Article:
Staying the course
Call of Duty: WWII had one DLC to its name until today, which cemented the formula of three maps, one operation, and a zombie romp. It’s a nice little change of pace despite the fact that every single subseries is overrun by zombies now, but overall Sledgehammer has done a decent job in its four years with Call of Duty.
The War Machine is a testament to Sledgehammer’s commitment to staying the course — for better or worse.
Call of Duty: WWII: The War Machine (PC, PS4 [reviewed], Xbox One)
Developer: Sledgehammer Games
Released: April 10, 2018 (PS4) / TBA (PC, Xbox One)
MSRP: $14.99 ($50 Season Pass for four packs)
Egypt is one of those locations where you knew the eyes of some designer lit up once he told everyone else that it was relevant during World War II and they could create a map there. It’s the one that you’d expect to be the shining jewel of the DLC, and from an aesthetic standpoint, it is.
Garnished with lovely load screens showcasing various bits of the map and British encampments, this desertscape has the allure of a well-fought battle, with overturned tanks and fires to go along with its sunny majesty. Egypt is very small, with only one real temple to run through and no room to explore The Great Sphinx, but its tumultuous trenches make for some fun mid-sized objective matches.
Like a lot of maps from Sledgehammer iterations it doesn’t hit its top-end potential due to its limited scope, but when it comes up in the rotation I’m happy enough to finish out a round on it.
Dunkirk ticks all the right boxes. The iconic Jean Bart statue? Check. A mixture of window-laden structures and beach locations? Done. It’s also timely with Darkest Hour and Dunkirk up for Academy Awards recently, and I dare say that this is one of the most “World War II-ey” maps so far, including those present in the base game.
Thematically it makes for some dramatic objective battles, though I really could do with bigger maps on the whole. This one really deserves the sprawling, epic treatment. But given that it’s inline with what you’d expect so far from WWII, it works.
I had World at War (still my favorite Call of Duty) flashbacks with V-2 and that alone makes it my favorite of this pack. Taking place in a German rocket facility in Peenemünde there’s plenty of places to hide both indoors and out, and it has a sense of scale to it, like you’re not going to get picked off immediately after respawning.
I dig the whole dichotomy of light and dark, as one side of the map is littered with smoke and rubble, and the other is host to a beautiful spot of sunshine. Its gimmick of battling over a missile in the center (with a sniper perch and missile exhaust-releasing button) also creates some tension in objective play.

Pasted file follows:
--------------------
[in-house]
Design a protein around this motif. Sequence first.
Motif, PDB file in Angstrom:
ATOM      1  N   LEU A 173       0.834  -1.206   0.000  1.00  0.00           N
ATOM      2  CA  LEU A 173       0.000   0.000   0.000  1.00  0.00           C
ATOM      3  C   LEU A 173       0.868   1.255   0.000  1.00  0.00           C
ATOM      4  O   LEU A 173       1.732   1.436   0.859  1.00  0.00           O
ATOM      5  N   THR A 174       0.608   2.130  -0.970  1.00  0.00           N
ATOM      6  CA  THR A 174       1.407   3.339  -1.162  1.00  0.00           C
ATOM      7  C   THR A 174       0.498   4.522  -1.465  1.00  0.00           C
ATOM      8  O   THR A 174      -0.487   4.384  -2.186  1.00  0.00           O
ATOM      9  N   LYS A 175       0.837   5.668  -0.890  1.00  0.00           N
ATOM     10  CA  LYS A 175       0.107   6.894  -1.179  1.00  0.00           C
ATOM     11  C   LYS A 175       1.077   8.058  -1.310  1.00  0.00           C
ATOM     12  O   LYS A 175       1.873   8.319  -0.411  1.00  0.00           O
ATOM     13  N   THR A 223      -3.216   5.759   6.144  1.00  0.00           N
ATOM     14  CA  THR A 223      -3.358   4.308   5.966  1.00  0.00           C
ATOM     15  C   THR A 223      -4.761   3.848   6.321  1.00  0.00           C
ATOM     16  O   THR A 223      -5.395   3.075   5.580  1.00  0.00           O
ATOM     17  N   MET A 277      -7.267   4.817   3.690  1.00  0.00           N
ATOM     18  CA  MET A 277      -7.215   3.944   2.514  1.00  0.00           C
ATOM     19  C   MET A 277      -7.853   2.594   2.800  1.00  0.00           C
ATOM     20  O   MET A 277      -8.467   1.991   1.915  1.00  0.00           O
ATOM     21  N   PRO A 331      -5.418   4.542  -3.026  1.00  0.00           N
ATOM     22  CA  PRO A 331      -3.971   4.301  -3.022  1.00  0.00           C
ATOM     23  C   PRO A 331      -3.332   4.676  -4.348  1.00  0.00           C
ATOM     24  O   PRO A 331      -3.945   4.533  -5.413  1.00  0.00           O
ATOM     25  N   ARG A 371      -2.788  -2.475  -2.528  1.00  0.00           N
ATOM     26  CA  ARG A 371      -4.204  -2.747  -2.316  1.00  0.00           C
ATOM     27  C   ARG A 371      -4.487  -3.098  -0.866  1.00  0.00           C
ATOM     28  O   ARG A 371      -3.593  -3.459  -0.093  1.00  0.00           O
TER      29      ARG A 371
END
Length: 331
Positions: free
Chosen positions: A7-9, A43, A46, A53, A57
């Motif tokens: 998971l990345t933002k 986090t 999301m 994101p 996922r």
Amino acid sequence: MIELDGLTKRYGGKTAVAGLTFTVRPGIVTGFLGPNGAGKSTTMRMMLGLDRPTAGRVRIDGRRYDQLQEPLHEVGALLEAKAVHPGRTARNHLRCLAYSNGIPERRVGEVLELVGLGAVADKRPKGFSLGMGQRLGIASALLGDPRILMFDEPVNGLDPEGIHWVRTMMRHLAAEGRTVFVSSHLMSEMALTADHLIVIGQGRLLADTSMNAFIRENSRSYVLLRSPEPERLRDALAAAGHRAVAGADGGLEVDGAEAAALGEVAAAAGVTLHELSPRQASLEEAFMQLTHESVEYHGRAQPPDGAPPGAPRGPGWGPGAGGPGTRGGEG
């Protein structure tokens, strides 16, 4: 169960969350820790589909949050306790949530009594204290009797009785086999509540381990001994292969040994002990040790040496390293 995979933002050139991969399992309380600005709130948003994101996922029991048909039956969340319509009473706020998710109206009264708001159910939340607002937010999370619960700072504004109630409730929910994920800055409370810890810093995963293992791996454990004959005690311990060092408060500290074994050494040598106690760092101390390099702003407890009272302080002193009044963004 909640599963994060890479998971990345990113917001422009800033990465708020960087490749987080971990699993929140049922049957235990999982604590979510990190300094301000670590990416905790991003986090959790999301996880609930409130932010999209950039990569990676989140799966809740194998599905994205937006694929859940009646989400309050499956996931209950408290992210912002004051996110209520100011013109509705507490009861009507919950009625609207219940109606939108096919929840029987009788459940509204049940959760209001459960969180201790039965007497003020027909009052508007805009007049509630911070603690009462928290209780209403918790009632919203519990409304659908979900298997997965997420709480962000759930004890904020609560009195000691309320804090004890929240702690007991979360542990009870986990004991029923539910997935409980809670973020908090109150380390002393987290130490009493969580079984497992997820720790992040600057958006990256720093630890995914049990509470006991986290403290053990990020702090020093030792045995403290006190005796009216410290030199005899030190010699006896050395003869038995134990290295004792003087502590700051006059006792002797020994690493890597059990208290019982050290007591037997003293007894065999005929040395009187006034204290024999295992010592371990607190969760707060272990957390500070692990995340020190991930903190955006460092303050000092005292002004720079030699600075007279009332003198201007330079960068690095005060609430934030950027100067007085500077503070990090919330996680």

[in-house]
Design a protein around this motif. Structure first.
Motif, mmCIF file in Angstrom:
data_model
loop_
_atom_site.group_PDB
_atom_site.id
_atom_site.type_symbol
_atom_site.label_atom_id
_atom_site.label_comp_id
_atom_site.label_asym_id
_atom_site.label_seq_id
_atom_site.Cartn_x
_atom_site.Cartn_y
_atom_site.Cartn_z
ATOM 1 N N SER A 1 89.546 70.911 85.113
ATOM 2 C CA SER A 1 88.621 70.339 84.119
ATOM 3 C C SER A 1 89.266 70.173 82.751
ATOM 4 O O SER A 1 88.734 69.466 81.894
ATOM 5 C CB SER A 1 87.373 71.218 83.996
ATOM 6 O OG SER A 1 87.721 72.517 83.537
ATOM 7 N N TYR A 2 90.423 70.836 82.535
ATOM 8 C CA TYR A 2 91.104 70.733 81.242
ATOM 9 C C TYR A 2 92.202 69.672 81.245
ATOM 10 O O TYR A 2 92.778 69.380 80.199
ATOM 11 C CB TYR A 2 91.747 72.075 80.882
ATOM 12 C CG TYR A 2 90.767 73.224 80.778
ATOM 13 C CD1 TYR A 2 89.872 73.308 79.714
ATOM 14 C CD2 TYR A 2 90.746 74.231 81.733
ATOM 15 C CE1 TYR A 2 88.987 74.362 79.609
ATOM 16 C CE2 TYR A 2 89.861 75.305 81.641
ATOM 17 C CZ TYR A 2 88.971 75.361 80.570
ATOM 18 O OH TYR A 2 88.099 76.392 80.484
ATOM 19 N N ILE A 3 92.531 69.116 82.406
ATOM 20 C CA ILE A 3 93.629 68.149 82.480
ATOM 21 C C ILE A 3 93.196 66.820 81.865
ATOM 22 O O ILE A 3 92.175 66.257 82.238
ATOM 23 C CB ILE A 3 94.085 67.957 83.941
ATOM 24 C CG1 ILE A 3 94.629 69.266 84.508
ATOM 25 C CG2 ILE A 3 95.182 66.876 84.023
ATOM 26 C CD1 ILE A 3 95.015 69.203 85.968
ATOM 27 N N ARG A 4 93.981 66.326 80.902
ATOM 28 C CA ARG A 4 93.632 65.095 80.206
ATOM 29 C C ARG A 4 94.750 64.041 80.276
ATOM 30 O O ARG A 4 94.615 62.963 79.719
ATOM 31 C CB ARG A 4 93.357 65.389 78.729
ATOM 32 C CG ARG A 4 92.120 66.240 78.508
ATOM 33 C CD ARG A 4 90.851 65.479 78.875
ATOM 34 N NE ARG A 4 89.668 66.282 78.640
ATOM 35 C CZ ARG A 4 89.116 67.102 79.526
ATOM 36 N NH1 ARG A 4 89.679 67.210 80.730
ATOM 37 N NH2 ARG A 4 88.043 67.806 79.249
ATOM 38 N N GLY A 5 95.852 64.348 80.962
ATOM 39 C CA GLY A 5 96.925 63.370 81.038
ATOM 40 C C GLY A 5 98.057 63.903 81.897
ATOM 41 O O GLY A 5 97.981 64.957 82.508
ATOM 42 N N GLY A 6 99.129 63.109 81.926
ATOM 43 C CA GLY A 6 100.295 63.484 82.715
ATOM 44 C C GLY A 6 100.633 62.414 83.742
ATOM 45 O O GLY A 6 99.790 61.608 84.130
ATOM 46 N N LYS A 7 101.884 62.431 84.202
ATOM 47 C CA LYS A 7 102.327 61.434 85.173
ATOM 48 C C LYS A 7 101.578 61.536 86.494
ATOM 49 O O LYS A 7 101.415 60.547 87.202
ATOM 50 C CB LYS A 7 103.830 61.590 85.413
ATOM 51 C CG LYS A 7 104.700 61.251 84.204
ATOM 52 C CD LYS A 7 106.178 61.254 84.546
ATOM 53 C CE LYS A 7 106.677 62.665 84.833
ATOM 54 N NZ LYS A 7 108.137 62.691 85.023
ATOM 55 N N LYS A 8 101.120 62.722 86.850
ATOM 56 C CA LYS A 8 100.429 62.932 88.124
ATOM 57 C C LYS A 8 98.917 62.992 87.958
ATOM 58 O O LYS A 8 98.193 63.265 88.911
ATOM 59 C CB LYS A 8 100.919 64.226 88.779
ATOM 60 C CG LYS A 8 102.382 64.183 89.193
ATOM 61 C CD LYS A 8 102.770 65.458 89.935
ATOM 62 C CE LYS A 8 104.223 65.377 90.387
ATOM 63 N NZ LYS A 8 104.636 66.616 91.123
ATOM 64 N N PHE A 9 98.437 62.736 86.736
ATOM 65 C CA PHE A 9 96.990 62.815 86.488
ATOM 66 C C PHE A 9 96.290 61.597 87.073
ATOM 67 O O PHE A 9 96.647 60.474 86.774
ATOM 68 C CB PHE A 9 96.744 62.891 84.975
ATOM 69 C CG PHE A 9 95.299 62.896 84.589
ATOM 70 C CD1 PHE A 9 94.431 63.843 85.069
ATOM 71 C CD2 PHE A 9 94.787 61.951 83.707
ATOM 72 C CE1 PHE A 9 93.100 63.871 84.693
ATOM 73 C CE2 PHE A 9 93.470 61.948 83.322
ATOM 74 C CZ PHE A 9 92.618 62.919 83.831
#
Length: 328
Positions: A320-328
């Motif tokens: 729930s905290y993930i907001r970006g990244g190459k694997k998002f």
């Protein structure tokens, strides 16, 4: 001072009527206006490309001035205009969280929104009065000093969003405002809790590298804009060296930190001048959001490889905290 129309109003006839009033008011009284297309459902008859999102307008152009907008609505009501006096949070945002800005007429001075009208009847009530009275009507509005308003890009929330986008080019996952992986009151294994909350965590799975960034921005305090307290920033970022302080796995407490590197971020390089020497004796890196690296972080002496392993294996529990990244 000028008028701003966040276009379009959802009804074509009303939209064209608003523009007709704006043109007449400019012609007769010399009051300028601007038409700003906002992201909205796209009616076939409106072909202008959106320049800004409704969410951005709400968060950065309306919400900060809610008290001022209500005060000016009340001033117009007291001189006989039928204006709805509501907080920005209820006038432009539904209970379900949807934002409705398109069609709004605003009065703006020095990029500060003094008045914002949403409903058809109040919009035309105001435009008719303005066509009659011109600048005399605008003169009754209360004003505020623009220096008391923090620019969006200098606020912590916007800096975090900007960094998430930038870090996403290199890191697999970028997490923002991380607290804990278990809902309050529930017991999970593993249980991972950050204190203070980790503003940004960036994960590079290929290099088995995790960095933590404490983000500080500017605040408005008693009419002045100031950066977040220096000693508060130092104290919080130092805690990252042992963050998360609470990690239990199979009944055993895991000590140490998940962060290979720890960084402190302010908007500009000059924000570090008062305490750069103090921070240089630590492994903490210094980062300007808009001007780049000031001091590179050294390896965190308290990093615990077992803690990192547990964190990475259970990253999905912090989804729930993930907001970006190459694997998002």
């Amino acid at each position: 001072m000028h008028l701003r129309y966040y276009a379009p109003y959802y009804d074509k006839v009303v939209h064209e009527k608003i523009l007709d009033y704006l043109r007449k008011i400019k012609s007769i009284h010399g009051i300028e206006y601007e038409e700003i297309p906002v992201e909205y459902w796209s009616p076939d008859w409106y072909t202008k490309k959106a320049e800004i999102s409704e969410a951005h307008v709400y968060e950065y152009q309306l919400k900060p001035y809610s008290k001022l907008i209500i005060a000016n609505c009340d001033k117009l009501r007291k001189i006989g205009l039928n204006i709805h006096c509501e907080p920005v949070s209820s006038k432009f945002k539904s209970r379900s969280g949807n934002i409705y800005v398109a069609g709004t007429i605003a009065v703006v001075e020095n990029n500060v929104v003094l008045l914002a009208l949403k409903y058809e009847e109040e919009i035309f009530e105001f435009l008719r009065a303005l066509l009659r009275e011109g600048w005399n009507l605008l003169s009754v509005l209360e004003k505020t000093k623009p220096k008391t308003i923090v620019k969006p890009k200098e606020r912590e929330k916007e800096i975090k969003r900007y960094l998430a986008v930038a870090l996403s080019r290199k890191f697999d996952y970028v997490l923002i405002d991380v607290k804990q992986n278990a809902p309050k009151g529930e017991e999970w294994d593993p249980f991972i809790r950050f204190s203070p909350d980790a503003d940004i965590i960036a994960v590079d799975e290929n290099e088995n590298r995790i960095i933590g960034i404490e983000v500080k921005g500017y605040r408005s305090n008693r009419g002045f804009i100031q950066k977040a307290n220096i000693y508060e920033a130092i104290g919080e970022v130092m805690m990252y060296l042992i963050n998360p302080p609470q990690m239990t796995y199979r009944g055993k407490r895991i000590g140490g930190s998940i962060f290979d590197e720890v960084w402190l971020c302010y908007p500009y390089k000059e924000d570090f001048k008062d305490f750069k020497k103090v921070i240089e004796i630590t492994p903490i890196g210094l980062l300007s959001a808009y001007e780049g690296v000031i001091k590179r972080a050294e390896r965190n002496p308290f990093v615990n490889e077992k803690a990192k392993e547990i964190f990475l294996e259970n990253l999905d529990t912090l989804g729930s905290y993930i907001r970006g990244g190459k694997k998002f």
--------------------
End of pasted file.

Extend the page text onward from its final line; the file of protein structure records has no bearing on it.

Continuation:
Husky, the operation that takes place during the Invasion of Sicily, is an appropriately pivotal moment. It’s immediately gratifying too, as the attacking team is required to steal intel from its defenders, who have access to tripwire explosives from the get-go. The structures in Husky are master-crafted, with multiple points of entry and plenty of room for sneaky play. Variety is the name of the game, as it turns into a capture-the-point joint and then a giant aerial dogfight.
Whenever I hop back into WWII I usually find myself in operations. They’re a great way to take a break from the grind of constant team deathmatch while allowing me to live out my dream of bigger maps.
A burning Berlin is a good backdrop for the latest zombie episode The Shadowed Throne. Finally they nailed the war-torn map concept, as previous locations tended to have a more uniform faux look to them. Berlin’s labyrinth is deliberate, but nearly every location has a direness to it. It’s not the most exciting map but once you dig into it you’ll start to appreciate the strength of WWII‘s zombie mode.
It’s such a small thing that no one will care about outside of annual Call of Duty players, but the addition of new war mode maps help add a little bit of zing to these DLCs. Zombies might not be as kooky as it was in the past with Seth Green and Ray Liotta cameos, but the move to a grittier angle has paid off with some really memorable enemy designs. For once the zombies actually feel terrifying.
WWII‘s DLC is slipping into a comfortable skin, which is great if you’ve already nabbed your season pass, and meh news for everyone else.
[This review is based on a retail build of the game provided by the publisher.]